Building Information Models (BIM) can be classified mainly based on their purpose. Furthermore, additional characteristics can be identified to properly define and communicate the model's use.
3D models aimed for construction scheduling purposes - called Construction information Models (CIM) - need to represent the construction scope breakdown intended for scheduling. In other words, the driving aspect of construction is linked to physical construction elements that will be built i.e. columns, slabs, walls etc.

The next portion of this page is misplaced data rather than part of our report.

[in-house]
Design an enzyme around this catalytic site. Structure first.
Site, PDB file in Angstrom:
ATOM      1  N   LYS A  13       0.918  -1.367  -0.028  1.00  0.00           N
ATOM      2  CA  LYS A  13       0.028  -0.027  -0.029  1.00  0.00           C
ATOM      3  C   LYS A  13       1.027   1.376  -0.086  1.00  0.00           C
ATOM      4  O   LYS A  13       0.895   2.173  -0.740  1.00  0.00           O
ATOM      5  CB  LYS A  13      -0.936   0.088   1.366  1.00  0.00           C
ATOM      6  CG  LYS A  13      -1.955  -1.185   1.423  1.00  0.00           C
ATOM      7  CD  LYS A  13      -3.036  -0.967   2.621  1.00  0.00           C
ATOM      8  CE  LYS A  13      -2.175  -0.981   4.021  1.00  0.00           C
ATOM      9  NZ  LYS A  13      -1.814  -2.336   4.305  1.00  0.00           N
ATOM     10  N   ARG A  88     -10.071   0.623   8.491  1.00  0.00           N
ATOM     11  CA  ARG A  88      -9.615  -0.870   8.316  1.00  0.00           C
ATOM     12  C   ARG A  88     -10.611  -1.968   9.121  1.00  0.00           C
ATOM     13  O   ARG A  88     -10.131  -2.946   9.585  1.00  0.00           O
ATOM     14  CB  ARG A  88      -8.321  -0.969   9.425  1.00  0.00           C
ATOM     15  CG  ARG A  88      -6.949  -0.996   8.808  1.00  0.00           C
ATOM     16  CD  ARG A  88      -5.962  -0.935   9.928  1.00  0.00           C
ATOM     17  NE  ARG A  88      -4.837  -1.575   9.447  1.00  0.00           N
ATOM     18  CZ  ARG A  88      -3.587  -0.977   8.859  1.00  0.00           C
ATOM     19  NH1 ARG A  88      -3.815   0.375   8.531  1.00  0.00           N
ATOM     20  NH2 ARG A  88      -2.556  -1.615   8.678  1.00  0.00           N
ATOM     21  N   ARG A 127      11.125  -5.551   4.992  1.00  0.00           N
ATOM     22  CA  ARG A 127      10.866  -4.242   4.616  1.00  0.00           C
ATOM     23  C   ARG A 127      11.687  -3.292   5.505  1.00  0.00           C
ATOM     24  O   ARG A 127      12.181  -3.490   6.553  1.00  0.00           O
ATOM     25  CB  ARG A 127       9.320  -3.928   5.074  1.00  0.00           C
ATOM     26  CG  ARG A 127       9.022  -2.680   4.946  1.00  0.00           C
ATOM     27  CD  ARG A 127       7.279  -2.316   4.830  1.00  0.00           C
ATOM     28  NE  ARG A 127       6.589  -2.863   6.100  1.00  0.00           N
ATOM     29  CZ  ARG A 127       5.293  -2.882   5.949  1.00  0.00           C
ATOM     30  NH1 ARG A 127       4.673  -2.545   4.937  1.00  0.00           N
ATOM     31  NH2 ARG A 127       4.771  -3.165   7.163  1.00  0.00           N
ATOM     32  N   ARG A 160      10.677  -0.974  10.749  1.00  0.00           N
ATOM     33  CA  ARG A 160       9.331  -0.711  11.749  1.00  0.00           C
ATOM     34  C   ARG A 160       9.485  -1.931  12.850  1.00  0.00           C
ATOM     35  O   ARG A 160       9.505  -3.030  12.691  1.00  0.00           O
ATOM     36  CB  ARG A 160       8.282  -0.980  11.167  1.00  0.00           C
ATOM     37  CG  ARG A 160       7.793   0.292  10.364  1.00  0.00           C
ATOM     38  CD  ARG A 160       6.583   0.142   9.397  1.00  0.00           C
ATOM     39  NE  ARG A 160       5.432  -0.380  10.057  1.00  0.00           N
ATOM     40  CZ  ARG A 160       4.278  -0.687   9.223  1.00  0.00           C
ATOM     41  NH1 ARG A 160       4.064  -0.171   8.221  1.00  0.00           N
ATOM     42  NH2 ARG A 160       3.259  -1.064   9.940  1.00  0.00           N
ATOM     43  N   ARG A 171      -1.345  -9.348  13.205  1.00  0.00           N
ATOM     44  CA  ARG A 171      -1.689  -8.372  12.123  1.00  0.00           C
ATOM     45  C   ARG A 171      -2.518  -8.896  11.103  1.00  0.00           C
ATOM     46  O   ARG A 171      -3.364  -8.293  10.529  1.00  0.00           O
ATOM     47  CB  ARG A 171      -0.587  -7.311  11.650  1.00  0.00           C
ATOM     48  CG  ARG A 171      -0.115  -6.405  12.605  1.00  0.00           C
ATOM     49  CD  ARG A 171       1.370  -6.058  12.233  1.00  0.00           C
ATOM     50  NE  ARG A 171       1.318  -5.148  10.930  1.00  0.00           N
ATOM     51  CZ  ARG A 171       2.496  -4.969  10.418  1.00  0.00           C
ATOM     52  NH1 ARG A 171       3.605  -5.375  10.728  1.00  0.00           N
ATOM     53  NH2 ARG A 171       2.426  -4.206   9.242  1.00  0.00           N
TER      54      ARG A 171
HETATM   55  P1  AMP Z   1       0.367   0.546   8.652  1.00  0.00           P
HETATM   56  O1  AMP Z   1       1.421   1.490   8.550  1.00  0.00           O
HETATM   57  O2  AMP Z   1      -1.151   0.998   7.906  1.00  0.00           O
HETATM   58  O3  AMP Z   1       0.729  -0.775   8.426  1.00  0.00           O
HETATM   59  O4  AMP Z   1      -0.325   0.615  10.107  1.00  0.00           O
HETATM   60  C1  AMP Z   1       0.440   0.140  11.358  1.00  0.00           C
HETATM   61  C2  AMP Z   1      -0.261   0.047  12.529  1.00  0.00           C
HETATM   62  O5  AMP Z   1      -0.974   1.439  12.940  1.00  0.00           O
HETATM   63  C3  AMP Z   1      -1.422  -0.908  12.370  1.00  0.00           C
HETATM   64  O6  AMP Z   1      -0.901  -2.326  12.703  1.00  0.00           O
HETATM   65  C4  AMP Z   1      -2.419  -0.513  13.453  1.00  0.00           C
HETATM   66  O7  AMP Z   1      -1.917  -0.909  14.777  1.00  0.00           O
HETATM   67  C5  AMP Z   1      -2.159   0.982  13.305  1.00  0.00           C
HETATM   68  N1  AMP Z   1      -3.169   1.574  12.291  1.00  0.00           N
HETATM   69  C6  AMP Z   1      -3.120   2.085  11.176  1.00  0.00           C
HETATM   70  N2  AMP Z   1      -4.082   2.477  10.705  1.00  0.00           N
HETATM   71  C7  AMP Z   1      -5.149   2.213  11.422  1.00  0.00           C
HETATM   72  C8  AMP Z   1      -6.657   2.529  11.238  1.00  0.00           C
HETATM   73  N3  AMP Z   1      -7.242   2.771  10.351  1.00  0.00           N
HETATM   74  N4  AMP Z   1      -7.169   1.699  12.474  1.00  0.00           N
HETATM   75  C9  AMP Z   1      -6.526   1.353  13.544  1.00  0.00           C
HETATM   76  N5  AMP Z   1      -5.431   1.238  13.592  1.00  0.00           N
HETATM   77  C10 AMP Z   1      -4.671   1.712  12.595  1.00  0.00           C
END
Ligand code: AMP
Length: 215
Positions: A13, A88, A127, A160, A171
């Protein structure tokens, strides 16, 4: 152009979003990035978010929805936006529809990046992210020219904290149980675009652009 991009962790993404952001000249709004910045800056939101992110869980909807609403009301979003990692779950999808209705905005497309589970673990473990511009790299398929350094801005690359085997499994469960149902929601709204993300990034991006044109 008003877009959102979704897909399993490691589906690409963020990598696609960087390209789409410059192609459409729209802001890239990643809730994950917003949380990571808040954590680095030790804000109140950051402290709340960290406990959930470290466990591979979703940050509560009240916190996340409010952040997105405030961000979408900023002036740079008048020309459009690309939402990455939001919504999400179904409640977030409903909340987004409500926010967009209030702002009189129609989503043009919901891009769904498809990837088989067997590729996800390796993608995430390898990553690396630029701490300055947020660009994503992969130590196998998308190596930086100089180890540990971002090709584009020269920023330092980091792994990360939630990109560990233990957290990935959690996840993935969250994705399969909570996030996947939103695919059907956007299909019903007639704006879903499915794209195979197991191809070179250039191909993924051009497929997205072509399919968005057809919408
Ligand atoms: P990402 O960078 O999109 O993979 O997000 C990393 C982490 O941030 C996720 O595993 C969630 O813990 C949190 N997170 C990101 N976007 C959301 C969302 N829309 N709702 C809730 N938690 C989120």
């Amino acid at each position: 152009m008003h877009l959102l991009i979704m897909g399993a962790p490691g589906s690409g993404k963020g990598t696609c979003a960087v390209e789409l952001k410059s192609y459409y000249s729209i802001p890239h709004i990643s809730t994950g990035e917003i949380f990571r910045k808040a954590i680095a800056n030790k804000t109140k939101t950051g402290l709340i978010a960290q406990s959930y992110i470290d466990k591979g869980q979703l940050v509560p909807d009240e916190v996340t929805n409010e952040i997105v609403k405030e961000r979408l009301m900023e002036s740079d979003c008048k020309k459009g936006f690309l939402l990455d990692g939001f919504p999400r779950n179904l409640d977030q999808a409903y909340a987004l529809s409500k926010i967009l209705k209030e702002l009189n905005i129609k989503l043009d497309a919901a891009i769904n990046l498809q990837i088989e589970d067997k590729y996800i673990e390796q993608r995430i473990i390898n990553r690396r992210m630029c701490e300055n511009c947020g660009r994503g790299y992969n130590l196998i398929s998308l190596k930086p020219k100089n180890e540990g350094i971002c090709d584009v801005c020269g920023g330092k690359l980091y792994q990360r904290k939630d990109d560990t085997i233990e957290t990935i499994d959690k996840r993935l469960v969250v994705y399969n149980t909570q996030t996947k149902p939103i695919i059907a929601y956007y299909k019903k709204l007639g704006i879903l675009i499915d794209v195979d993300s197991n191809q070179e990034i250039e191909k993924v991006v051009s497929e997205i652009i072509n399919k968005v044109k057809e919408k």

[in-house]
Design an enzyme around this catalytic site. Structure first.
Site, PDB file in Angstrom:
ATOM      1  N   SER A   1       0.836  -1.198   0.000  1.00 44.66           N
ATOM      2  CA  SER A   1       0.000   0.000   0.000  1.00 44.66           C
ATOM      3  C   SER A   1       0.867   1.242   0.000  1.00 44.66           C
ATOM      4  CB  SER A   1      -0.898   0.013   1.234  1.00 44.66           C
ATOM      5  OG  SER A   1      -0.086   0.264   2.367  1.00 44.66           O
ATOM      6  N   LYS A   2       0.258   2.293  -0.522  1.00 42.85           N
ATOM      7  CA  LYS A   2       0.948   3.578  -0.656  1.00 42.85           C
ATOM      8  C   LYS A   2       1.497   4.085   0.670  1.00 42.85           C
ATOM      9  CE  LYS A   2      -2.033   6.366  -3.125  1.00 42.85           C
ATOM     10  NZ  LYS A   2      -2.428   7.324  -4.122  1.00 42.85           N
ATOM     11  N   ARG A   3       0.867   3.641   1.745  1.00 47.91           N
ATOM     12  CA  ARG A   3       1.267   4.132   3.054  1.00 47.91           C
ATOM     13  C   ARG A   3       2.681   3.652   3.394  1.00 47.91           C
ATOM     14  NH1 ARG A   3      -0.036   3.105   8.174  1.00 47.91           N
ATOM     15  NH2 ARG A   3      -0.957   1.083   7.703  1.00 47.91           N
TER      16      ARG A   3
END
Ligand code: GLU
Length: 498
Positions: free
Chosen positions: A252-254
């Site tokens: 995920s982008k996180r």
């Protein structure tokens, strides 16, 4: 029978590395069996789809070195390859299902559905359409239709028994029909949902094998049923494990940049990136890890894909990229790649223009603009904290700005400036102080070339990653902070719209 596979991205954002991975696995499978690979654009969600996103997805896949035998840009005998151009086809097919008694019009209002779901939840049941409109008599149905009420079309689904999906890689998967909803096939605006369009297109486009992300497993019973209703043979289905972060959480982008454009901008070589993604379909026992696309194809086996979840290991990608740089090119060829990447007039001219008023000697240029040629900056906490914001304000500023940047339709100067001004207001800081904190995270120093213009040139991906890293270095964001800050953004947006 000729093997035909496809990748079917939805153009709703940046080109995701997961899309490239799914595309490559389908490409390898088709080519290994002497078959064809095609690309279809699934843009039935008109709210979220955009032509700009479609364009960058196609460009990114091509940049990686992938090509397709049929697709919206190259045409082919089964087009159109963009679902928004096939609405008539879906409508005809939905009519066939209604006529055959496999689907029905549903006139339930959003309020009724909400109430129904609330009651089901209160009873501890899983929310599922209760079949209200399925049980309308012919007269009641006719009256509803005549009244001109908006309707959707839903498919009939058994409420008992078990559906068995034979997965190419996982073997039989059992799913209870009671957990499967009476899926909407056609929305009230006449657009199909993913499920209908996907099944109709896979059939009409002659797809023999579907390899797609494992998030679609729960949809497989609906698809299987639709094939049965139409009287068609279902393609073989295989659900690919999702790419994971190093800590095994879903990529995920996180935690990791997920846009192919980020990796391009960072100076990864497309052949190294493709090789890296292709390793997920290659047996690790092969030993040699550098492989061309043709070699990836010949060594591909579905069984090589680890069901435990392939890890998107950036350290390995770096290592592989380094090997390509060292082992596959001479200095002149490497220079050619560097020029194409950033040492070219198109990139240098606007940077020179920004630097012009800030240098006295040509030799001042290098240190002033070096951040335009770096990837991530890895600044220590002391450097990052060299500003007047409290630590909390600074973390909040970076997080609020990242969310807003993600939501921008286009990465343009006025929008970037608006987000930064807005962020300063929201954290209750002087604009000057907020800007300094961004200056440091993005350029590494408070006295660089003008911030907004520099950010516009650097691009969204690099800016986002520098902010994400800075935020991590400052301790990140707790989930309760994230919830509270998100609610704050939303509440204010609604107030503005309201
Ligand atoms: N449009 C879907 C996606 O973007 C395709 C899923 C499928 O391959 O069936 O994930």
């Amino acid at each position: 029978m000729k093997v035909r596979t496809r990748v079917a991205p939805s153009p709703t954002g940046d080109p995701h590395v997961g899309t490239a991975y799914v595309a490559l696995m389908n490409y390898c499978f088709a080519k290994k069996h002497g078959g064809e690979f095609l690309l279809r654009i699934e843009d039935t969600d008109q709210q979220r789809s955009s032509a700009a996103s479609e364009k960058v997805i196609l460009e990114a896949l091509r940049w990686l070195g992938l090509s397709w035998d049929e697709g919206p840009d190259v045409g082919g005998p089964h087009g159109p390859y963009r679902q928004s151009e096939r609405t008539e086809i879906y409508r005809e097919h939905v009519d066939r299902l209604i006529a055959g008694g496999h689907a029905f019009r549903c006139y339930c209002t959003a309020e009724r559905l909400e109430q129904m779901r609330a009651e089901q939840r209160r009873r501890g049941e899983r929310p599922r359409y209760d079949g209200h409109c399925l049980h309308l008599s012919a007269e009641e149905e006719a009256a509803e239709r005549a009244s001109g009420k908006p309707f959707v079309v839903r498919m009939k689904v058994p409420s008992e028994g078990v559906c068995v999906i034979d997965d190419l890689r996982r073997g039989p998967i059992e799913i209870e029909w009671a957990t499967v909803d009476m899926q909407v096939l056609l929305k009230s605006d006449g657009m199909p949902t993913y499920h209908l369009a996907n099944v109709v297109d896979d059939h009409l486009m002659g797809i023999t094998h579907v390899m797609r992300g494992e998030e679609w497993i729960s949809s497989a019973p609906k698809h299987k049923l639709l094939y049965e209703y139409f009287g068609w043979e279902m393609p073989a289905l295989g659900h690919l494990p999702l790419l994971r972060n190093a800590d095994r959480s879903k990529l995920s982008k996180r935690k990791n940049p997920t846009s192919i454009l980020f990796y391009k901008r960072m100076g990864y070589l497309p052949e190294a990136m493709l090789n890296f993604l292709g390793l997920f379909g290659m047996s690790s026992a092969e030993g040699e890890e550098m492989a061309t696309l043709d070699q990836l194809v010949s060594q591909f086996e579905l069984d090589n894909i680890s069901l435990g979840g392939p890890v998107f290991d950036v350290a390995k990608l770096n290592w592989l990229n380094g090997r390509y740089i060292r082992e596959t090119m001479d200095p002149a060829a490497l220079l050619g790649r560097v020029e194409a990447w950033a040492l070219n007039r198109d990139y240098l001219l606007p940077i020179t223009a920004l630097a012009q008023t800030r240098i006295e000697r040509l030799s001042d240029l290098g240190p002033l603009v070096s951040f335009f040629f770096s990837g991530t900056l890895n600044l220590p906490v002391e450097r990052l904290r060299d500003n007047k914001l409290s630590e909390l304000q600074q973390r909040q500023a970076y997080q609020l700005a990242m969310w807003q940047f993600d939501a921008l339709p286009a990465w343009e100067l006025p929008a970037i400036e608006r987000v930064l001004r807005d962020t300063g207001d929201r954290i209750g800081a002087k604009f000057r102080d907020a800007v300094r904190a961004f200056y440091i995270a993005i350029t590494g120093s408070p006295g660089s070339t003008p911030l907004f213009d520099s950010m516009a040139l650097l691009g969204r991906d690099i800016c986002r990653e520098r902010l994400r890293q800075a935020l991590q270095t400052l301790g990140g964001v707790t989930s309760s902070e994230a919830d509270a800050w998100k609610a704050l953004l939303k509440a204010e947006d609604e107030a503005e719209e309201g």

BIM aims to represent as many physical (geometrical) and functional attributes as well as capturing any information related to the building (e.g. suppliers, materials, specs etc). The idea of the CIM is that you digitally represent the building and its elements, as they will be constructed in real life.
For example, a good BIM will represent the envelope physical information by successfully designing the exterior walls probably spanning from bottom to top level, along with all desired design detailing (e.g. sweeps, cuts etc). However, for a good CIM the envelope construction information will be successfully represented by simply designing a simple exterior wall, that’s split by levels without necessarily including the design details of the BIM.
For more details and modeling practices check the CIM Development Guide.